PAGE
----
On September 7, the Canadian government told Iran’s ambassadors in Ottawa they had five days to leave the country. The closure was a surprise since it didn’t occur on the heels of any triggering event by the Islamic Republic of Iran. John Baird, Canada’s highest ranking foreign minister, said the ending of diplomatic ties happened because Iran constitutes “the most significant threat to global peace and security in the world today.” Baird went on to site Iran’s support for terrorist groups like Hamas in Gaza and Hezbollah in Lebanon, as well as Bashar Assad’s mortifying regime in Syria.
Most newspaper pundits claim Iran’s historical intransigence is the basis for the decision to pull out, but offer no reason for why Iranian diplomats were asked to leave at this particular moment in time.
I approached a friend who happens to be a professor of Middle East politics at York University, Sabah Al-Nasseri, for more insight into the situation currently unfolding. He explained the most overlooked factor in all of this is the wife of Canadian Defence Minister Peter MacKay, Iranian-Canadian Nazanin Afshin-Jam.
As both founder of the federal Conservative Party and responsible for a highly important cabinet post, MacKay has significant influence within the government. His wife is a well-known model, singer and human rights activist.
When I spoke with Prof. Al-Nasseri, he suggested that because Afshin-Jam puts her head next to MacKay’s on the pillow every night, she has more access to this key figure than even the closest senior adviser. Since their wedding ceremony earlier this year, her influence has combined itself with MacKay’s clout within the government, offering a plausible explanation for the recent policy choice.
One should never underestimate the power of the wives of elected officials.
The Canadian government’s inarticulate explanation of their policy shouldn’t play aid to the interpretation that Iran is a hapless victim here. Not only did the current Iranian government rig the 2009 election to ensure their continued dominance but they have openly murdered Iranian-Canadian citizens, committed homicidal aggressions against their so-called enemies in countries where they had good diplomatic relations and continue to flirt with nuclear weaponry. The popular protests in Iran in 2009 were a catalytic event in the Arab Spring.
Consider the sinuous pattern of aggression against neighbours exhibited by the unelected leadership of the Islamic Republic.
1979. When the Islamic Republic was established, dozens of U.S. diplomats were held hostage, a flagrant violation of many international accords, treaties, and codes of international behaviour. Canada and the U.S. entered into a joint covert operation to rescue the hostages, which is the basis for Ben Affleck’s new movie, Argo.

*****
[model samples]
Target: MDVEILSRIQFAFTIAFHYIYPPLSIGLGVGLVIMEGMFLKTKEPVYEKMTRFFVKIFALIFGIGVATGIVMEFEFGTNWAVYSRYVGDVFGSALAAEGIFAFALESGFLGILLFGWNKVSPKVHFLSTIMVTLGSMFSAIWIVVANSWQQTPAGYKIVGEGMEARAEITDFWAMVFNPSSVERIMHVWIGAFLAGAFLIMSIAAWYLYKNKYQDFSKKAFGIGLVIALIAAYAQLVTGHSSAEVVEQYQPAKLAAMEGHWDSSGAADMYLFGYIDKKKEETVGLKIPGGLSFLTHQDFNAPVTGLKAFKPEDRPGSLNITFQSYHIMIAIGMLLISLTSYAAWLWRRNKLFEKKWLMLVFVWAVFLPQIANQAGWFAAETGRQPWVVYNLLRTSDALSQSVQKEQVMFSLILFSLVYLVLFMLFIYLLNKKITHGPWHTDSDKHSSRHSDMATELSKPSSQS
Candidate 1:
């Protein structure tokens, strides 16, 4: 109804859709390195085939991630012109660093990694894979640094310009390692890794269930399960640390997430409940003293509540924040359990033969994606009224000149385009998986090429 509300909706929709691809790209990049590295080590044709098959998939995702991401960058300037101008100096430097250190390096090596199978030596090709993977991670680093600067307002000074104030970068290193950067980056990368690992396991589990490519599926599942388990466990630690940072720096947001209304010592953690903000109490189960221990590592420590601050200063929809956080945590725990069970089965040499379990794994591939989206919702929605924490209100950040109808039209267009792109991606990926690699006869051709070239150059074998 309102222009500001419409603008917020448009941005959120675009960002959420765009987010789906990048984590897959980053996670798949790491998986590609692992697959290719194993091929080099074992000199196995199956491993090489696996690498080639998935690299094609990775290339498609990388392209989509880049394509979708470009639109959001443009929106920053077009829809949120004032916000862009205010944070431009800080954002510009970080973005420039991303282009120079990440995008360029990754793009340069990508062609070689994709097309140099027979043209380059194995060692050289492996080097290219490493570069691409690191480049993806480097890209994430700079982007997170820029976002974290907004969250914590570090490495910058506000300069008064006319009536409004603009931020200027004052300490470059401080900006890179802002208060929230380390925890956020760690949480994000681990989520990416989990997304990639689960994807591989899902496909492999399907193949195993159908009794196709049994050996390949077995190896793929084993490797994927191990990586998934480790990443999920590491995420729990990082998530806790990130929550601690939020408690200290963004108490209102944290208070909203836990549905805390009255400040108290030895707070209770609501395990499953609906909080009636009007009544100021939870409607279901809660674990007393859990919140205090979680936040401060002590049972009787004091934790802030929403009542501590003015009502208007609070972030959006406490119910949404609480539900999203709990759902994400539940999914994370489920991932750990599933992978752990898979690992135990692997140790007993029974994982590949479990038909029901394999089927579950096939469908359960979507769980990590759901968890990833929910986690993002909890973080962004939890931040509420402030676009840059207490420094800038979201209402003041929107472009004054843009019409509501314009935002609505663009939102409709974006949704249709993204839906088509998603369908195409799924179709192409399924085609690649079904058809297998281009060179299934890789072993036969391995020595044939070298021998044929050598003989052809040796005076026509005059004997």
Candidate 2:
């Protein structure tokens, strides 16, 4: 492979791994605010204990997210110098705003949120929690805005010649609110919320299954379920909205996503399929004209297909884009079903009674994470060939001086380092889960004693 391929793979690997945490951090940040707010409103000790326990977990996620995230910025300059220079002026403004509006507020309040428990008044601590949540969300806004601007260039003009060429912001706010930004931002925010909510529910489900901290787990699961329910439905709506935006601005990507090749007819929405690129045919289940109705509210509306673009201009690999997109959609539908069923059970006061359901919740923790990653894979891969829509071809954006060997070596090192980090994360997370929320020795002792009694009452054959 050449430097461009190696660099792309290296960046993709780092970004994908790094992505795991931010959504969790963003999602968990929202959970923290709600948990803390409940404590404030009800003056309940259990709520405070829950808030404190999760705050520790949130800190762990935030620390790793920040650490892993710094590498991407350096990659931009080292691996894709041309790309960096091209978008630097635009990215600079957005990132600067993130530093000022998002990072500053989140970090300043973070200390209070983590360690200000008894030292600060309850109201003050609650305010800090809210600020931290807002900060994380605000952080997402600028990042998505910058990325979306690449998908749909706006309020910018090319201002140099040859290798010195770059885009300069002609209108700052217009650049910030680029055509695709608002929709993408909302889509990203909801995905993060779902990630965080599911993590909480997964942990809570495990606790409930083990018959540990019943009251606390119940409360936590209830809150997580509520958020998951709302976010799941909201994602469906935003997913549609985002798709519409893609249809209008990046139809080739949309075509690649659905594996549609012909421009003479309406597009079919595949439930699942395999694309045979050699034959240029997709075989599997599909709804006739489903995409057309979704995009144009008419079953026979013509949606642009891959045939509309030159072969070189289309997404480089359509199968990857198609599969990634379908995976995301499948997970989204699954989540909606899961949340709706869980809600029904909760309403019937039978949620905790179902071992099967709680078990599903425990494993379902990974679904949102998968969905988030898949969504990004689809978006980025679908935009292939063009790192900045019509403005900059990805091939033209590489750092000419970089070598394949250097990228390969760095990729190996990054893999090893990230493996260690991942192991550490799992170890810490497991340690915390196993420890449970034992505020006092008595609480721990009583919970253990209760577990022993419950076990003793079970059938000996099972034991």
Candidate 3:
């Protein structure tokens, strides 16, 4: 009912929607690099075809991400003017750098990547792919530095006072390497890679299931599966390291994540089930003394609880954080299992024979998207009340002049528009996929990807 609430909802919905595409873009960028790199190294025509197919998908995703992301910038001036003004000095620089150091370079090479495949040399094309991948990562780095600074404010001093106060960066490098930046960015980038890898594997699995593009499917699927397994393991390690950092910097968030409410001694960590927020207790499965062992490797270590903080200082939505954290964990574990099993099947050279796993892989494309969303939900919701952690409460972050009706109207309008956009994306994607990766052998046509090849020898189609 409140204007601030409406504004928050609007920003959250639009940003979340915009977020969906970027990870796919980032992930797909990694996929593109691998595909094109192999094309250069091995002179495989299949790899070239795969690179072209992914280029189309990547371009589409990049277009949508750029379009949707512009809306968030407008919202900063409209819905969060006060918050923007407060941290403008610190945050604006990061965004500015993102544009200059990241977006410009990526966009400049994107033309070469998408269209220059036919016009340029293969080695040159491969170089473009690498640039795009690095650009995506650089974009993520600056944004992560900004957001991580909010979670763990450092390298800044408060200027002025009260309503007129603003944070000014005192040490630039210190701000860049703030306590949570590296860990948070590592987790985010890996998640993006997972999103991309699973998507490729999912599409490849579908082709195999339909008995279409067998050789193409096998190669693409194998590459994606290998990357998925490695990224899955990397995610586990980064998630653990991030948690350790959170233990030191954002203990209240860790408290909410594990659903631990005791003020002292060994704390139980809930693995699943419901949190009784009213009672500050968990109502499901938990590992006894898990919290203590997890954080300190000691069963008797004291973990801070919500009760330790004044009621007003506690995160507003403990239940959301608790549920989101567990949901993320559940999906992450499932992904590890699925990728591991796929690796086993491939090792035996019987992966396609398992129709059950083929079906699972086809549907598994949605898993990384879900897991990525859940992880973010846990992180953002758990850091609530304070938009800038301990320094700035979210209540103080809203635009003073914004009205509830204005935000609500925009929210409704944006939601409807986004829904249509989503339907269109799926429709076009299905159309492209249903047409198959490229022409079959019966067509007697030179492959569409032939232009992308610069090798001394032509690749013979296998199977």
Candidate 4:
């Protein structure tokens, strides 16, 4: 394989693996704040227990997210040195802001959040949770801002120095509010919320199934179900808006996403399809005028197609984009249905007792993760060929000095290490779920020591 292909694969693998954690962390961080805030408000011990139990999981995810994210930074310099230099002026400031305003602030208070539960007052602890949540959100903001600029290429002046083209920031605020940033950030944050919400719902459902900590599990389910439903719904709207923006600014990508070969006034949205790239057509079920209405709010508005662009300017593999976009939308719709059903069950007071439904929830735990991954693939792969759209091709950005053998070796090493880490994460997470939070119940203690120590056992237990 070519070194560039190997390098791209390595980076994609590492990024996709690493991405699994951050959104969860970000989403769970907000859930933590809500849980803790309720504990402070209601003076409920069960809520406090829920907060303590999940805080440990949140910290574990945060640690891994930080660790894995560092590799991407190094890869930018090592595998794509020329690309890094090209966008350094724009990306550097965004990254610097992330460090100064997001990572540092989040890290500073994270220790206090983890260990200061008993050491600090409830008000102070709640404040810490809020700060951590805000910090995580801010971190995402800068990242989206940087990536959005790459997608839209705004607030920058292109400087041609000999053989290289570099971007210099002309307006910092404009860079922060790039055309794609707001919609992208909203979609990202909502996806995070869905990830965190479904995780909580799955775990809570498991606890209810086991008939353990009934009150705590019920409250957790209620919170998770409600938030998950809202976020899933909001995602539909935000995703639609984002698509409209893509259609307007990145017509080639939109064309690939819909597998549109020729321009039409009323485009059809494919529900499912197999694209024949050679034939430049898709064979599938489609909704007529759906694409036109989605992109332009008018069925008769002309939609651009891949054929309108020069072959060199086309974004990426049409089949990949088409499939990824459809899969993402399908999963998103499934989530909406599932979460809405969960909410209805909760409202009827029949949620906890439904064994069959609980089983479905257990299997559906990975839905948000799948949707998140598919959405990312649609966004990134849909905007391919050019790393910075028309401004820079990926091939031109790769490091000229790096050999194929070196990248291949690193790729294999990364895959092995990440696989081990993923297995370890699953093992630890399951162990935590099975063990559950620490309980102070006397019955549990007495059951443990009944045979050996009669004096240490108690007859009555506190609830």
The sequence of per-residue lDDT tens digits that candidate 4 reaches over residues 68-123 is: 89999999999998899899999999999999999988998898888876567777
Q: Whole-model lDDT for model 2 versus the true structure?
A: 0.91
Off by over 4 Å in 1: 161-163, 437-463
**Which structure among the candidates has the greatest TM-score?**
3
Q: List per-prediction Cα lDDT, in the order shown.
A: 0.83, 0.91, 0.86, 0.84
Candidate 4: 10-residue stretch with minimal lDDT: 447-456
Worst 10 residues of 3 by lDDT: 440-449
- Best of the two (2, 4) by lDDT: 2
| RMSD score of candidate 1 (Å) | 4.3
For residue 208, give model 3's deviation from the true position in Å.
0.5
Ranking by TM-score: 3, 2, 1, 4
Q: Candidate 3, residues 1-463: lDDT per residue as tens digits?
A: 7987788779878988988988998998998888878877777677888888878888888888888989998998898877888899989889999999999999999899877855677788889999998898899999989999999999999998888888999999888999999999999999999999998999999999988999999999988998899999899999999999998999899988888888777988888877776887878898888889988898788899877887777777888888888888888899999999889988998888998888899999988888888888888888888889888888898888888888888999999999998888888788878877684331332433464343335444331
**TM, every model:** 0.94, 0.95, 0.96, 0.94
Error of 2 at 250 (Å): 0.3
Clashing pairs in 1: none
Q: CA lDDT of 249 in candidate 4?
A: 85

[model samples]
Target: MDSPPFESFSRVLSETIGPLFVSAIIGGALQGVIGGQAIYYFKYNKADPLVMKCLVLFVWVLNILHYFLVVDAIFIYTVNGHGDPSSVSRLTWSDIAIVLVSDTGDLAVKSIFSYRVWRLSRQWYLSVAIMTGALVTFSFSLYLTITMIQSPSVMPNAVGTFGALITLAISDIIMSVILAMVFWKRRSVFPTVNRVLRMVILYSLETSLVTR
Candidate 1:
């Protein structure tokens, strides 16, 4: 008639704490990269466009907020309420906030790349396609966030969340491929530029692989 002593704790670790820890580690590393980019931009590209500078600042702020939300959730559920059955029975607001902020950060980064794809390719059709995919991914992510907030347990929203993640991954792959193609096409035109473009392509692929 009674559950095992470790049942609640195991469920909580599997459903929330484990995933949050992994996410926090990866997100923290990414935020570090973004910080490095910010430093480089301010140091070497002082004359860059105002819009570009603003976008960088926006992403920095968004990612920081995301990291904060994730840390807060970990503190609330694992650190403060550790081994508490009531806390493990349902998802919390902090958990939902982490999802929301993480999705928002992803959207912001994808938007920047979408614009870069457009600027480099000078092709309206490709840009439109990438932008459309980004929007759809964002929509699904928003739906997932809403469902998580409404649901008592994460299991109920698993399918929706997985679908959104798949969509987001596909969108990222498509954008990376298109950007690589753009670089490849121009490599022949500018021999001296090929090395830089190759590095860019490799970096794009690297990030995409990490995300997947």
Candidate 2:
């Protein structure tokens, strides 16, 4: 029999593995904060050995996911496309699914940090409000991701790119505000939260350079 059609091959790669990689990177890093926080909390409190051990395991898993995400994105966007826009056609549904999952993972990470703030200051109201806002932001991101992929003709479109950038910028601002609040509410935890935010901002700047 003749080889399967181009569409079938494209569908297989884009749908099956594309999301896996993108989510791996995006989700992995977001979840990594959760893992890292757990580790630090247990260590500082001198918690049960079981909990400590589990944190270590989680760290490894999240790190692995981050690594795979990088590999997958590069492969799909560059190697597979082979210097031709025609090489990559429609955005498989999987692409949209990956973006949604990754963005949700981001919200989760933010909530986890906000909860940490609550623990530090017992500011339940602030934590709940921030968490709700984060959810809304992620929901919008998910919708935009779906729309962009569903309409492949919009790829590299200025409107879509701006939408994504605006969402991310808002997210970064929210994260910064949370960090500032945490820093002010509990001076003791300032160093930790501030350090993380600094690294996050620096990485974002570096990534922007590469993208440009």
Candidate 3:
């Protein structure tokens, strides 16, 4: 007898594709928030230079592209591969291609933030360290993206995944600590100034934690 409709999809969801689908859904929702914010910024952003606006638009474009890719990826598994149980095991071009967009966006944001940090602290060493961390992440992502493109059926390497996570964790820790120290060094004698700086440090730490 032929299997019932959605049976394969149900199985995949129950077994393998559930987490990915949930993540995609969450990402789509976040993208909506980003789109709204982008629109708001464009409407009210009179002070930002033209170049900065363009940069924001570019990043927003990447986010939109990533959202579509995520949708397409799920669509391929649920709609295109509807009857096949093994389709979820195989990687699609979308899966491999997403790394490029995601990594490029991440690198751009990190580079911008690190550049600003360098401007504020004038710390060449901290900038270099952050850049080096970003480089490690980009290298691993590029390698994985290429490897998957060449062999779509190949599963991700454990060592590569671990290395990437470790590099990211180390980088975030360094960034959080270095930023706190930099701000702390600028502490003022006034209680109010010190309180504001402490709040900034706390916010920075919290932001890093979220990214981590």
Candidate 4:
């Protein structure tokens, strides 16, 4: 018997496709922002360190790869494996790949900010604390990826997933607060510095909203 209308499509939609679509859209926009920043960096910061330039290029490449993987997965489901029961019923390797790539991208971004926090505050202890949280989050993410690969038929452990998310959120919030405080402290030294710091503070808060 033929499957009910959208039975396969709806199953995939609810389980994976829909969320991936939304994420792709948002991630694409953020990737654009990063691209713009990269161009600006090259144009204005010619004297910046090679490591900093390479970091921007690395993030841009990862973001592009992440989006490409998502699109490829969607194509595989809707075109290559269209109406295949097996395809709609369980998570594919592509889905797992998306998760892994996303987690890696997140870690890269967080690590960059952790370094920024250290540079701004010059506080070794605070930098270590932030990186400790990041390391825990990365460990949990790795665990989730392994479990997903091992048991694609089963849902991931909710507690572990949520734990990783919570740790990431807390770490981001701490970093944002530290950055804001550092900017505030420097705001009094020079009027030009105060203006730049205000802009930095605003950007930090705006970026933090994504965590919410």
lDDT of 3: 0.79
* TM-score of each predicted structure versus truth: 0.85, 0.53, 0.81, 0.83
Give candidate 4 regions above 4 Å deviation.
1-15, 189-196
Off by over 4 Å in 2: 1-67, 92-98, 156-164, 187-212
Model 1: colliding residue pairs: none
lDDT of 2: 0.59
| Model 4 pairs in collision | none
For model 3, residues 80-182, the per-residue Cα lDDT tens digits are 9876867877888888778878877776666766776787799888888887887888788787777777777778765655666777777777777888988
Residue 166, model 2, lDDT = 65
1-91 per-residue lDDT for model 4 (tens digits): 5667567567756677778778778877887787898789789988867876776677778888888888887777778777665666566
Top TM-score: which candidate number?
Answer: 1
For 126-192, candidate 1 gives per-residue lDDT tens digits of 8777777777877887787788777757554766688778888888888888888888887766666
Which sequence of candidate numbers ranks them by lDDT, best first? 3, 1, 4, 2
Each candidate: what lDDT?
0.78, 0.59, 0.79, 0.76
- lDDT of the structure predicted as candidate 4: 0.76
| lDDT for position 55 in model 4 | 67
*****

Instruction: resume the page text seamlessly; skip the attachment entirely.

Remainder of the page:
1989. The Iranian government openly suborned the murder of Kashmiri-English author Salman Rushdie and his associates for publishing the Satanic Verses on Valentine’s Day in 1989. (It’s a very good and captivating book I might add) Rushdie went into hiding for nearly a decade. An edict ordained by the religious authorities in Iran, a Fatwa, meant in this case an open contract for murder, which claimed the lives of two of the book’s translators and 34 more in an uncontrollable spat of mob violence in Turkey. Rushdie has just published his memoir called Joseph Anton, which was his assumed identity based on the names of his favorite authors Joseph Conrad and Anton Chekov.
1992. In Berlin a group of exiled Kurdish-Iranians (a severely oppressed minority in the country) were eating at the Mykonos restaurant before attending a conference of the Socialist International. They were massacred by the gunfire of hired agents of a special ministry established inside the Iranian government to avenge those who opposed the rule of the nearly-dead Ayatollah. See Roya Hakakian’s Assassins in the Turquoise Palace.
2003. A Montreal-born photojournalist named Zahra Kazemi was taking pictures of an Iranian prison that held many participants in a student protest. She was taken into custody and three weeks later was said to have “died.” An exiled physician of the Iranian military claimed she was raped and beaten to death by Iranian officials.
2010. While visiting their sick mother in Iran, two Iranian-Canadian brothers were taken into police custody. One was sentenced to death for espionage and the other was killed in police custody.
2011. The Iranian government again suborned the murder of the Saudi Arabian ambassador to the U.S. by attempting to hire Mexicans to do the job. Although they failed, Saudi Arabia is still Iran’s chief competitor in the international oil market.
The regime in Iran is a confused and homicidal para-state of unelected religious figures in black robes. They arose to the apex of Iranian society by hijacking a popular, secular revolution in 1979. This “Supreme Council” then entrenched its power under a religious decree by the first Ayatollah, the velayat-e-faqih, the guardianship of the jurist. This admixture of unchallengeable religious dogmas and legal code has made Iran a state where an unelected group of men hold all Iranians in a childlike relationship of ward to parent. And we know we can’t bloody well elect our own parents.
In Iran, they run elections that are “neither free nor fair,” according to Farid Hekmat of the Human Rights and Democracy Library.
The UN currently has Iran under a strangulating set of economic sanctions that are designed to weaken the regime and help in its eventual overthrow by internal democratic forces.